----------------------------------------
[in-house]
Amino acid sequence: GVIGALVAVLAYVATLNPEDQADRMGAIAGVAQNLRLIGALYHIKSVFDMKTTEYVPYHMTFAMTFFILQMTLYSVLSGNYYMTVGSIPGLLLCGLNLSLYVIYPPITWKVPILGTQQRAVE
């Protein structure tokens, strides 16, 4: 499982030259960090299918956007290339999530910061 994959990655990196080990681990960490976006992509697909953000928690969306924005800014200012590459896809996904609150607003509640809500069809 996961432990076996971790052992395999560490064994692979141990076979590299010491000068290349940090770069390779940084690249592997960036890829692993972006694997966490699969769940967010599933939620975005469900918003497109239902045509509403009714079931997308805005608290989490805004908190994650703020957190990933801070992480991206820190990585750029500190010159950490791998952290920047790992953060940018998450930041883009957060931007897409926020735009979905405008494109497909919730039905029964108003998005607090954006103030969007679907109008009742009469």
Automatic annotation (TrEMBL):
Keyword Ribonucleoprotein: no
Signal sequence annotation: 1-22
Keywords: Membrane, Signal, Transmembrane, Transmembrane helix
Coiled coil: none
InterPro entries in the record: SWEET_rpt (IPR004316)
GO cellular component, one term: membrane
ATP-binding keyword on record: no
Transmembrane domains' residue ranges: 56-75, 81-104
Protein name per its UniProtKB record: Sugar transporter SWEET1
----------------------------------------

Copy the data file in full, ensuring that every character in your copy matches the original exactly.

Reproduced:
[in-house]
Amino acid sequence: GVIGALVAVLAYVATLNPEDQADRMGAIAGVAQNLRLIGALYHIKSVFDMKTTEYVPYHMTFAMTFFILQMTLYSVLSGNYYMTVGSIPGLLLCGLNLSLYVIYPPITWKVPILGTQQRAVE
């Protein structure tokens, strides 16, 4: 499982030259960090299918956007290339999530910061 994959990655990196080990681990960490976006992509697909953000928690969306924005800014200012590459896809996904609150607003509640809500069809 996961432990076996971790052992395999560490064994692979141990076979590299010491000068290349940090770069390779940084690249592997960036890829692993972006694997966490699969769940967010599933939620975005469900918003497109239902045509509403009714079931997308805005608290989490805004908190994650703020957190990933801070992480991206820190990585750029500190010159950490791998952290920047790992953060940018998450930041883009957060931007897409926020735009979905405008494109497909919730039905029964108003998005607090954006103030969007679907109008009742009469």
Automatic annotation (TrEMBL):
Keyword Ribonucleoprotein: no
Signal sequence annotation: 1-22
Keywords: Membrane, Signal, Transmembrane, Transmembrane helix
Coiled coil: none
InterPro entries in the record: SWEET_rpt (IPR004316)
GO cellular component, one term: membrane
ATP-binding keyword on record: no
Transmembrane domains' residue ranges: 56-75, 81-104
Protein name per its UniProtKB record: Sugar transporter SWEET1